A touch of exhaustion, or vertigo, set in on financial markets on Friday.
It wasn't just agricultural commodities which suffered a bout of profit-taking at the end of the week which has seen prices of
Stocks edged lower in Seoul, Singapore and Sydney, and managed a gain of less than 0.1% in Tokyo.
As an extra sign of a more risk-off feel, the safe haven of the
The turn more cloudy in the financial market weather wasn't enough to stop all agricultural commodity futures rising.
The "phenomenal" data "certainly say a lot about the competitive position of US cotton", Mike Stevens, the Louisiana-based cotton analyst, said.
A breakdown of data used to create the Cotlook A index reveals that "offering prices of both Texas and Memphis/Eastern styles of cotton the last two weeks have shown to be very competitive, particularly with offers of Indian cotton being only nominally quoted".
Indian cotton exports remain banned, bar for shipments cleared before the curbs came into force earlier this month.
But profit-taking took a bite out of New York raw
The lot retraced 1.4% to 25.15 cents a pound.
Not that all analysts believe the game is up for firm sugar values.
"Rainfall in Brazil's key cane producing region – Sao Paulo – has been consistently below average throughout the monsoon season," Paul Deane at Australia & New Zealand Bank said.
"Further, the two-week outlook is for below-average rainfall. Time is running out for the crop given the monsoon starts to withdraw from this region within the next month.
"We believe weather concerns regarding Brazil's cane crop will escalate in coming months, adding to upside risks."
And the temptation to cash in nibbled at Chicago crops too.
"The soybean market is extremely overbought. There is a strong possibility of a profit-taking event developing prior to the weekend," Benson Quinn Commodities said, if acknowledging that "the rest of the technical structure looks pretty supportive" for the oilseed.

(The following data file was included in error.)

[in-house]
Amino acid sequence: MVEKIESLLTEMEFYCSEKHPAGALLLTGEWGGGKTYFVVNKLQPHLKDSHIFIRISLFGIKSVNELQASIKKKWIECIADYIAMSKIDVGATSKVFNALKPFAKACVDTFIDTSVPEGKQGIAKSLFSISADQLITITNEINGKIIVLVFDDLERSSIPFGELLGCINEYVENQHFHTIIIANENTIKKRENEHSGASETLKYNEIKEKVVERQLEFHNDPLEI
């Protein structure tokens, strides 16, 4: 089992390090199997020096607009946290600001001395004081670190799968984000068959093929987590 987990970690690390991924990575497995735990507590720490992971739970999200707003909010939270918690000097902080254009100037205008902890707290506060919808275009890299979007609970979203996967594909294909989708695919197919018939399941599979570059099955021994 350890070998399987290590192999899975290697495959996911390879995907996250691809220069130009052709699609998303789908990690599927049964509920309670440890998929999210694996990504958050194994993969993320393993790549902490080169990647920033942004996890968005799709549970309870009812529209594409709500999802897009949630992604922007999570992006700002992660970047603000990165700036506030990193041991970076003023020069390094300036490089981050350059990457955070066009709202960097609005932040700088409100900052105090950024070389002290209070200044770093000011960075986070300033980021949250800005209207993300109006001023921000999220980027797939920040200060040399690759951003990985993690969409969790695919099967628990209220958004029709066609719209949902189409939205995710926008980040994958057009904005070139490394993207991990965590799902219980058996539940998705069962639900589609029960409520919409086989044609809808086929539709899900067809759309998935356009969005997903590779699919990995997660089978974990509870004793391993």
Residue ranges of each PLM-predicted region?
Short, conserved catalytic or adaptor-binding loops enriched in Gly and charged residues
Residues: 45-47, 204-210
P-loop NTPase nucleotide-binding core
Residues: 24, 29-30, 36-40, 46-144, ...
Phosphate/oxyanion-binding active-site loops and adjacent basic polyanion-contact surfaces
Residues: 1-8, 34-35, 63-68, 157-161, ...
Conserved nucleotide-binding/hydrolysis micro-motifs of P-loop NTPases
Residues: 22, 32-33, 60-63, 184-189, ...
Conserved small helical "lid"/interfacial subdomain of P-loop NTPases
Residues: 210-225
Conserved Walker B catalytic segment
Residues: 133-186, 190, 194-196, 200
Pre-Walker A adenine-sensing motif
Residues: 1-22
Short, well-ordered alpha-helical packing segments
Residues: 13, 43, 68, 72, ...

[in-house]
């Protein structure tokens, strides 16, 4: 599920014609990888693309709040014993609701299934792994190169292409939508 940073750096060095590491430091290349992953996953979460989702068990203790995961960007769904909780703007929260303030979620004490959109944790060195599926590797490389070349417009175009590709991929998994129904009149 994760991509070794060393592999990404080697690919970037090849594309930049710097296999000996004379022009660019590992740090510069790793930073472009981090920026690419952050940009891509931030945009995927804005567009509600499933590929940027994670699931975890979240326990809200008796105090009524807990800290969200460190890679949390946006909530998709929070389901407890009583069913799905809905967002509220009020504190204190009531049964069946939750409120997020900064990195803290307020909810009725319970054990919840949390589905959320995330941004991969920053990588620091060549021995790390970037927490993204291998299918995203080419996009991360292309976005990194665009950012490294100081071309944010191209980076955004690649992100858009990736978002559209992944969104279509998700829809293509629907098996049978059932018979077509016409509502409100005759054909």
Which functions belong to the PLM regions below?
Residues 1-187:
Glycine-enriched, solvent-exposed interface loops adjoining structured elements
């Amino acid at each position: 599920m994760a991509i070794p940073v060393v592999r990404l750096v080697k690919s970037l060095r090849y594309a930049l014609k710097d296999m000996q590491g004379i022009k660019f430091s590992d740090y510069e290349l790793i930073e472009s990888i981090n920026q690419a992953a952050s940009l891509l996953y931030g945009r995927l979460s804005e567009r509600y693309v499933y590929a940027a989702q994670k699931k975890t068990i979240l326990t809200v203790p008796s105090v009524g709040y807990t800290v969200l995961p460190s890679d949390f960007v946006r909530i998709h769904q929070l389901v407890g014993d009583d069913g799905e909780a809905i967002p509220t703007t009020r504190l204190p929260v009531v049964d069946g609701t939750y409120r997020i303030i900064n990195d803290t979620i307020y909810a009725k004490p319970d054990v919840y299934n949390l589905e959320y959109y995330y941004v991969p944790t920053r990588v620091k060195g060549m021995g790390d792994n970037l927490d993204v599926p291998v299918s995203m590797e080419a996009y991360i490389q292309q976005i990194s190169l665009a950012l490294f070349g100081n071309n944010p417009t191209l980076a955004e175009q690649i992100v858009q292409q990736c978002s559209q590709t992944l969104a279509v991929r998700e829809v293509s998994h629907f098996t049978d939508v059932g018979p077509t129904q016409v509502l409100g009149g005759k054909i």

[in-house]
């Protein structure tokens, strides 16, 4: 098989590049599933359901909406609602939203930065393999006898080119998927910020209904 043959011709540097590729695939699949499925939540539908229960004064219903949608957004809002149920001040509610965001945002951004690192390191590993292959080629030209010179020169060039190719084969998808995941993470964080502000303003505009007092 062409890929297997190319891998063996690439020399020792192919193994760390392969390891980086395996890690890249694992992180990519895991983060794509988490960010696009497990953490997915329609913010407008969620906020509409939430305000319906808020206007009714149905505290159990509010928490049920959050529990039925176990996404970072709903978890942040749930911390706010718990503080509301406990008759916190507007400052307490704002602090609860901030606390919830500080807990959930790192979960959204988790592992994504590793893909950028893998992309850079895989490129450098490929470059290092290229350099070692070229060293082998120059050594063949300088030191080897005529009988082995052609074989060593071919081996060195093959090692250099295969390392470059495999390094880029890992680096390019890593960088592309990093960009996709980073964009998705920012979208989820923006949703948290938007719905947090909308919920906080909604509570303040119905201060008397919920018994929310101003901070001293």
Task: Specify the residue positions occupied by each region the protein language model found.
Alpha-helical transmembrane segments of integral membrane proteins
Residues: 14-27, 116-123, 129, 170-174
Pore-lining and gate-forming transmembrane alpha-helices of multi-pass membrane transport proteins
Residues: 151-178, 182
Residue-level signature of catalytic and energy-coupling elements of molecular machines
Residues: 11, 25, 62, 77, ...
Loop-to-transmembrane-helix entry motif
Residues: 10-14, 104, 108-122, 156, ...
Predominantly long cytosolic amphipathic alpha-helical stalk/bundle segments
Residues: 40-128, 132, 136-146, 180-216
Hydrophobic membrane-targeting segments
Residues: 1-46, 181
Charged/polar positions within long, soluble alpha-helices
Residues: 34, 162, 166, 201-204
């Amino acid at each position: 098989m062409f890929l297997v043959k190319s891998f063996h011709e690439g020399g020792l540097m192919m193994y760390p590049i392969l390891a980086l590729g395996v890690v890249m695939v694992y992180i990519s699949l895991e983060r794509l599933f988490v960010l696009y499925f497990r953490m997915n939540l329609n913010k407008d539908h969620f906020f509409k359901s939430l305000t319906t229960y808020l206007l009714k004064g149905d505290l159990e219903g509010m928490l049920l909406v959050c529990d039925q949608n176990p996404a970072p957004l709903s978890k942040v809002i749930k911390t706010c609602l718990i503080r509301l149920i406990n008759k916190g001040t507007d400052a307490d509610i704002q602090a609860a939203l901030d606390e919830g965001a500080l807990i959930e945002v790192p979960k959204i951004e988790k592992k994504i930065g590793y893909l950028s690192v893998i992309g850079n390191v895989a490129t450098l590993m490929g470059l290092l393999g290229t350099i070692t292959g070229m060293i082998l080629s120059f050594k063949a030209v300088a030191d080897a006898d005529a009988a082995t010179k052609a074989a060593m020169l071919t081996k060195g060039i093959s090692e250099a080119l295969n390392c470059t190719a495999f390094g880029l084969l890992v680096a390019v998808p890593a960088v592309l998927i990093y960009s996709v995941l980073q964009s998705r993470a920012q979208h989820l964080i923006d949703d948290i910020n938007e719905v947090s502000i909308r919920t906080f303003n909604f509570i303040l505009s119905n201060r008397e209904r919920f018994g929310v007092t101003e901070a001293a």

Hopes for imports from China received a mixed signal from the Dalian exchange, where soybeans closed up 0.1% at 4,398 yuan a tonne for May, the highest finish for a spot contract since August 2008, but a 0.1% drop to 4,503 yuan a tonne for the better-traded September contract.
Chicago soybeans for May eased 0.1% to $13.67 ¼ a bushel.
The Dalian sent a stronger signal to corn traders, raising the price of the May contract to a record 2,505-yuan ($396) a tonne at one point, climbing over the equivalent of $10 a bushel.
The better-traded September lot finished 1.3% higher at 2,487 yuan a tonne, with prices stoked by reports of the lack of success of Chinese authorities in building stocks from domestic supplies.
All this, of course, adds to the appeal of buying US supplies, which typically work out cheaper, particularly for processors exempt of Chinese VAT.
Indeed, Shang Qiangmin, director of the China National Grain and Oils Information Centre, has acknowledged that China will likely step up corn imports thanks to the competitiveness of US prices.
Chicago corn for May edged 0.1% lower to $6.68 ¼ a bushel, although signally the new crop December lot fell 0.4% to $5.70 ¼ a bushel amid growing ideas of a good US weather, to speed spring plantings.
"Who wants to sell wheat if corn and soybeans continue the rally into next week," asked Benson Quinn said, adding too that "concern over the condition of the European Union and Black Sea crop seems to be growing".
Strategie Grains on Thursday added its voice to commentators worried about the impact on western European crops of a lack of rain, as it belatedly caught up with winterkill losses too.
Meanwhile, SovEcon, the Moscow-based consultancy, expanded on ideas of some winterkill losses in Russia too, forecasting the winter wheat harvest this year at 34m tonnes, down from 34.7m tonnes in 2011.